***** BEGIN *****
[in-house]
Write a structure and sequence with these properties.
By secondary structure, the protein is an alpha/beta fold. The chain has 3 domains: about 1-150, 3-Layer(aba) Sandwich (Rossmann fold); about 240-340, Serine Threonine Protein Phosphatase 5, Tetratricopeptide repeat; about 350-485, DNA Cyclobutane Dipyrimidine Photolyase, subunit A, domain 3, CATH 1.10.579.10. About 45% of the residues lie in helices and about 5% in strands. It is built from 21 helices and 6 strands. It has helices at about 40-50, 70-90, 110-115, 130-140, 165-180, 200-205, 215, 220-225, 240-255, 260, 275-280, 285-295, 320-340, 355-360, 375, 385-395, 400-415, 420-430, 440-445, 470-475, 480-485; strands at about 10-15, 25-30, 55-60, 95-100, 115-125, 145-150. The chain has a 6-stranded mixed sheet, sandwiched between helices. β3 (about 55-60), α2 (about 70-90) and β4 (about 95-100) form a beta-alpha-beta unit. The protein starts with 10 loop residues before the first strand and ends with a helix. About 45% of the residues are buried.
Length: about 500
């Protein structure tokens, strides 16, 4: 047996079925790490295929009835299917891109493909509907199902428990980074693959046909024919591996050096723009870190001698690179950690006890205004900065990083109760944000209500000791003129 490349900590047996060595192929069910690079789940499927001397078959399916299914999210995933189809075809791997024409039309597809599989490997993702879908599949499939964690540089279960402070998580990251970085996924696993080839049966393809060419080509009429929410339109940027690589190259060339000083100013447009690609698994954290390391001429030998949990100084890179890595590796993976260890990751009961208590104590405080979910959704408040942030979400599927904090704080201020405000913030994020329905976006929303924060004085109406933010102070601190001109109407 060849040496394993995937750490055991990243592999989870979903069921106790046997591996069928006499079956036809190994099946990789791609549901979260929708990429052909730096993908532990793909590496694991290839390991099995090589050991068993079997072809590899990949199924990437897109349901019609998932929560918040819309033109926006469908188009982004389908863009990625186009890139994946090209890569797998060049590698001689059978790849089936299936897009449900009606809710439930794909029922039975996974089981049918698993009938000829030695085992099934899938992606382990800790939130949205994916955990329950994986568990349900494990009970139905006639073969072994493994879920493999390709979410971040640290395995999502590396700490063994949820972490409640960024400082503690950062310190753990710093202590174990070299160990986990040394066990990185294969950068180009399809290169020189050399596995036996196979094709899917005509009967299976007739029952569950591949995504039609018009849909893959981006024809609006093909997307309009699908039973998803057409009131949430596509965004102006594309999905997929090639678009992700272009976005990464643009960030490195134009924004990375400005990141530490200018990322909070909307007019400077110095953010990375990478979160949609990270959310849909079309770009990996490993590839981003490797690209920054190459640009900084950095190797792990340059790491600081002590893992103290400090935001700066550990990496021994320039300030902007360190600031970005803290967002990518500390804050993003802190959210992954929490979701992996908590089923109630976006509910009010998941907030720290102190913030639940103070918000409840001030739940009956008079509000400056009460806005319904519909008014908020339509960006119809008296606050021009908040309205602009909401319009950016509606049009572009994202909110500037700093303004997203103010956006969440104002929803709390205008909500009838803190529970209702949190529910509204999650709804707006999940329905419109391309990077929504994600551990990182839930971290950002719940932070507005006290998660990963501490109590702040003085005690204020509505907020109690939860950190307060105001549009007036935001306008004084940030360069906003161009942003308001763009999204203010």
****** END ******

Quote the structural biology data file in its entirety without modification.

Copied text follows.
[in-house]
Write a structure and sequence with these properties.
By secondary structure, the protein is an alpha/beta fold. The chain has 3 domains: about 1-150, 3-Layer(aba) Sandwich (Rossmann fold); about 240-340, Serine Threonine Protein Phosphatase 5, Tetratricopeptide repeat; about 350-485, DNA Cyclobutane Dipyrimidine Photolyase, subunit A, domain 3, CATH 1.10.579.10. About 45% of the residues lie in helices and about 5% in strands. It is built from 21 helices and 6 strands. It has helices at about 40-50, 70-90, 110-115, 130-140, 165-180, 200-205, 215, 220-225, 240-255, 260, 275-280, 285-295, 320-340, 355-360, 375, 385-395, 400-415, 420-430, 440-445, 470-475, 480-485; strands at about 10-15, 25-30, 55-60, 95-100, 115-125, 145-150. The chain has a 6-stranded mixed sheet, sandwiched between helices. β3 (about 55-60), α2 (about 70-90) and β4 (about 95-100) form a beta-alpha-beta unit. The protein starts with 10 loop residues before the first strand and ends with a helix. About 45% of the residues are buried.
Length: about 500
């Protein structure tokens, strides 16, 4: 047996079925790490295929009835299917891109493909509907199902428990980074693959046909024919591996050096723009870190001698690179950690006890205004900065990083109760944000209500000791003129 490349900590047996060595192929069910690079789940499927001397078959399916299914999210995933189809075809791997024409039309597809599989490997993702879908599949499939964690540089279960402070998580990251970085996924696993080839049966393809060419080509009429929410339109940027690589190259060339000083100013447009690609698994954290390391001429030998949990100084890179890595590796993976260890990751009961208590104590405080979910959704408040942030979400599927904090704080201020405000913030994020329905976006929303924060004085109406933010102070601190001109109407 060849040496394993995937750490055991990243592999989870979903069921106790046997591996069928006499079956036809190994099946990789791609549901979260929708990429052909730096993908532990793909590496694991290839390991099995090589050991068993079997072809590899990949199924990437897109349901019609998932929560918040819309033109926006469908188009982004389908863009990625186009890139994946090209890569797998060049590698001689059978790849089936299936897009449900009606809710439930794909029922039975996974089981049918698993009938000829030695085992099934899938992606382990800790939130949205994916955990329950994986568990349900494990009970139905006639073969072994493994879920493999390709979410971040640290395995999502590396700490063994949820972490409640960024400082503690950062310190753990710093202590174990070299160990986990040394066990990185294969950068180009399809290169020189050399596995036996196979094709899917005509009967299976007739029952569950591949995504039609018009849909893959981006024809609006093909997307309009699908039973998803057409009131949430596509965004102006594309999905997929090639678009992700272009976005990464643009960030490195134009924004990375400005990141530490200018990322909070909307007019400077110095953010990375990478979160949609990270959310849909079309770009990996490993590839981003490797690209920054190459640009900084950095190797792990340059790491600081002590893992103290400090935001700066550990990496021994320039300030902007360190600031970005803290967002990518500390804050993003802190959210992954929490979701992996908590089923109630976006509910009010998941907030720290102190913030639940103070918000409840001030739940009956008079509000400056009460806005319904519909008014908020339509960006119809008296606050021009908040309205602009909401319009950016509606049009572009994202909110500037700093303004997203103010956006969440104002929803709390205008909500009838803190529970209702949190529910509204999650709804707006999940329905419109391309990077929504994600551990990182839930971290950002719940932070507005006290998660990963501490109590702040003085005690204020509505907020109690939860950190307060105001549009007036935001306008004084940030360069906003161009942003308001763009999204203010």